With the holidays quickly approaching, we find ourselves yet again in the kitchen preparing daily feasts for our families and friends. Whether we are cooking traditional foods or new recipes, we sometimes get lost in the idea that the more complicated the recipe, the tastier and more impressive it is. In my own cooking, I find that it’s usually the simpler recipes using fresh and seasonal produce are the most delicious and healthier to boot. Let’s put the healthy back into the new year and cook fresh, seasonal foods and this butternut squash gnocchi is healthful and delicious.
Aviva Kanoff’s new cookbook “Gluten Free Around the World” comes out November 1, 2014.
1 medium butternut squash, peeled and cubed
1 large egg
¾ tsp salt
1 ½ cups all-purpose gluten-free flour, plus more for hands and work surface
3 Tbsp butter
¼ cup fresh sage leaves
sea salt to taste
Parmesan cheese, grated (optional)
Boil butternut squash in 4 cups water until soft, then strain. Mash or puree in a food processor.
Set a large pot of water to boil. In a medium-sized bowl, combine butternut squash, egg and salt. Add flour in 3-4 separate additions, stirring to combine after each addition. Continue adding flour until dough is firm enough to handle, but still somewhat sticky.
With floured hands, pinch off about a quarter of the dough. Roll between palms and on floured work surface to make a 1-inch thick rope. Cut rope into bite-sized pieces. Repeat with remaining dough.
Drop gnocchi into boiling water and cook until they rise to the surface, about 5 minutes. Meanwhile, melt butter in a large, heavy saucepan. Add sage leaves and cook, swirling frequently, until butter browns. Set aside.
Drain gnocchi on paper towels, then add to brown butter and toss. Sprinkle with sea salt and Parmesan cheese if desired.
While looking at cooked spaghetti squash one day and noticing its remarkable likeness to its namesake, spaghetti, I was inspired to experiment with a noodle kugel. I researched classic recipes for a “yerushalmi kugel” calling for caramelized sugar using 2 cups of oil and two cups of sugar, in addition to eggs. At first I attempted it, but seeing all that oil and sugar in the pan, I couldn’t bare to expose my beautiful and healthful squash to such a fatty fate and decided to experiment starting with just a teaspoon of sugar and a few tablespoons of oil. To my surprise and delight, the kugel came out light, fluffy and delicious.
To cook the spaghetti squash, follow these directions which I love. I hope you enjoy this healthy alternative!
3 cups shredded spaghetti squash
3 large eggs
1 tsp salt
1 tsp pepper
2 tsp sugar
¼ cup matzah meal
¼ cup canola oil
Preheat oven to 350 degrees.
Mix all ingredients except for the oil.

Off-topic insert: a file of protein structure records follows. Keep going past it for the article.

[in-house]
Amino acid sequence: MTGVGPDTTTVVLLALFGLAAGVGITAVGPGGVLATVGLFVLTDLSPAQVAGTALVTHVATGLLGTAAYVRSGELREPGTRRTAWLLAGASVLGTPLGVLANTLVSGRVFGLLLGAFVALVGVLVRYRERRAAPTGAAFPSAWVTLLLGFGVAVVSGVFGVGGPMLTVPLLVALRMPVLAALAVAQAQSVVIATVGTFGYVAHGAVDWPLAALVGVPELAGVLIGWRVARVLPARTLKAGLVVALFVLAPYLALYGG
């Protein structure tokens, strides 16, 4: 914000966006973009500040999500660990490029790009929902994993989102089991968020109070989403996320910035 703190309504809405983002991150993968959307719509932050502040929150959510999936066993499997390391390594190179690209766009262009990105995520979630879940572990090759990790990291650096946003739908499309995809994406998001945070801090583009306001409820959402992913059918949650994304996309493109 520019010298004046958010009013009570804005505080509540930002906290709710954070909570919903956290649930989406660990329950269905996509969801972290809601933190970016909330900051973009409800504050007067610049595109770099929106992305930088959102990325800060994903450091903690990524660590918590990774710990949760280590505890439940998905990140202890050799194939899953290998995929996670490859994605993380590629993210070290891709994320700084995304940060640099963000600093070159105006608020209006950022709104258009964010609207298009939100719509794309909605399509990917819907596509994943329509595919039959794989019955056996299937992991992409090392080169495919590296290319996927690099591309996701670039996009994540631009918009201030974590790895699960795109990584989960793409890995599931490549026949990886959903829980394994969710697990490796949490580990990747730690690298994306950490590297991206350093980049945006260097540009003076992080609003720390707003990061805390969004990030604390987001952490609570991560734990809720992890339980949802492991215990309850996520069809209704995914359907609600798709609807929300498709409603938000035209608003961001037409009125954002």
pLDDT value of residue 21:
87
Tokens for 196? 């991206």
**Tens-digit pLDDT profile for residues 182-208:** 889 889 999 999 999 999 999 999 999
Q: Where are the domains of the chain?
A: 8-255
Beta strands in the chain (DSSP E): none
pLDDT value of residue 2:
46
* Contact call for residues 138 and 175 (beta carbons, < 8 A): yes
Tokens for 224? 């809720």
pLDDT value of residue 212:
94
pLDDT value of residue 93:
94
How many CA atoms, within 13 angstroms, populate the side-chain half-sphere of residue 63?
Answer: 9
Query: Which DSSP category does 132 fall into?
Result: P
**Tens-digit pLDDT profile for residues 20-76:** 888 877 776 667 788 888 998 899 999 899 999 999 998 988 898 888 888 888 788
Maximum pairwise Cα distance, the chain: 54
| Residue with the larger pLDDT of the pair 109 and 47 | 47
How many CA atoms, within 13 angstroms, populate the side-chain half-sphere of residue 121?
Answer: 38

Pour oil into a 9x12 pan and place in preheated oven for 5 minutes.
Pour squash mixture into hot oil and bake for 45 minutes.
Remove kugel from oven and pour off excess oil.
If the kugel is still too watery, bake out some of the moisture before serving.
Aviva Kanoff is an artiste extraordinaire. She paints, teaches a mixed media art class, and dabbles in photography. Her creative approach to life led her to artistic experimentation with food, and after years of creating her own recipes and working as a personal chef, she wrote The No-Potato Passover, an expression of her intuitive understanding of flavors, aromas, and colors.
For the chicken:
1 lb chicken tenderloins or chicken breasts, sliced into long, 1″ thick strips
1/2 cup matzo cake meal
1 1/2 cups shredded, sweetened coconut
6 Tablespoon canola oil
For the dipping sauce:
5 ripe plums, diced
3 Tablespoon lime juice
1/4 cup sugar
1 teaspoon cinnamon
1 teaspoon ground cardamom
For the chicken:
Beat eggs in a bowl and set aside.
In a separate bowl, combine cake meal and shredded coconut. Dip chicken in egg mixture and then cover in coconut crumbs.
Fry chicken in oil, 3 minutes on each side (depending on thickness of chicken) until golden brown. Serve with plum dipping sauce.
For the plum sauce:
In a small sauce pan combine plums, lime juice and sugar. Bring to a boil.
Once the mixture has come to a boil continue to cook for 10- 15 minutes until plums become soft. Allow to cool and add cardamon and cinnamon.
Serve plum sauce at room temperature.
1 lb of parsnips
1 large onion, diced
6 button mushrooms, diced
5 Tablespoon canola oil
1 Tablespoon butter or margarine
Bring large pot of water to boil, and cook the parsnips until soft and tender. Drain and set aside.
In a skillet, saute the onions and mushrooms in canola oil until brown.
In a mixing bowl, mash the parsnips and add butter or margarine, mushroom and onions.
Season with salt and pepper to taste.